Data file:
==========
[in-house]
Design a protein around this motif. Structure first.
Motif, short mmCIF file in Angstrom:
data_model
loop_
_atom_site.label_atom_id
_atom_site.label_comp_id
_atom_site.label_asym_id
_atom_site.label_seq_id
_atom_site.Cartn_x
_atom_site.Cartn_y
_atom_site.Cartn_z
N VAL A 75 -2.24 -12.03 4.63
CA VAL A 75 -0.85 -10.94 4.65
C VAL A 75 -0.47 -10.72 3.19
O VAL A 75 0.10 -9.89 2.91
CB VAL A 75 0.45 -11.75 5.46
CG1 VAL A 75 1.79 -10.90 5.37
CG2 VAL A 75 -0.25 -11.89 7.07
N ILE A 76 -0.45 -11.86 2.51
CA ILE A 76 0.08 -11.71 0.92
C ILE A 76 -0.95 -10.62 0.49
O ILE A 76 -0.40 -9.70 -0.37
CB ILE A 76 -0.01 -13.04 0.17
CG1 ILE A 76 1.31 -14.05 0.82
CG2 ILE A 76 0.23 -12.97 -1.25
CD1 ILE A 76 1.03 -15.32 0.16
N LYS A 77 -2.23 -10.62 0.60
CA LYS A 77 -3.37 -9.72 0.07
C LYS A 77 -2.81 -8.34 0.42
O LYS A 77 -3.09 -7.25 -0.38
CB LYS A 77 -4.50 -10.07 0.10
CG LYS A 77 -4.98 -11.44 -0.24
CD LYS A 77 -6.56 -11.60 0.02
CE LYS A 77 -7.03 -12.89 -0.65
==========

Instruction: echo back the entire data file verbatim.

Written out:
[in-house]
Design a protein around this motif. Structure first.
Motif, short mmCIF file in Angstrom:
data_model
loop_
_atom_site.label_atom_id
_atom_site.label_comp_id
_atom_site.label_asym_id
_atom_site.label_seq_id
_atom_site.Cartn_x
_atom_site.Cartn_y
_atom_site.Cartn_z
N VAL A 75 -2.24 -12.03 4.63
CA VAL A 75 -0.85 -10.94 4.65
C VAL A 75 -0.47 -10.72 3.19
O VAL A 75 0.10 -9.89 2.91
CB VAL A 75 0.45 -11.75 5.46
CG1 VAL A 75 1.79 -10.90 5.37
CG2 VAL A 75 -0.25 -11.89 7.07
N ILE A 76 -0.45 -11.86 2.51
CA ILE A 76 0.08 -11.71 0.92
C ILE A 76 -0.95 -10.62 0.49
O ILE A 76 -0.40 -9.70 -0.37
CB ILE A 76 -0.01 -13.04 0.17
CG1 ILE A 76 1.31 -14.05 0.82
CG2 ILE A 76 0.23 -12.97 -1.25
CD1 ILE A 76 1.03 -15.32 0.16
N LYS A 77 -2.23 -10.62 0.60
CA LYS A 77 -3.37 -9.72 0.07
C LYS A 77 -2.81 -8.34 0.42
O LYS A 77 -3.09 -7.25 -0.38
CB LYS A 77 -4.50 -10.07 0.10
CG LYS A 77 -4.98 -11.44 -0.24
CD LYS A 77 -6.56 -11.60 0.02
CE LYS A 77 -7.03 -12.89 -0.65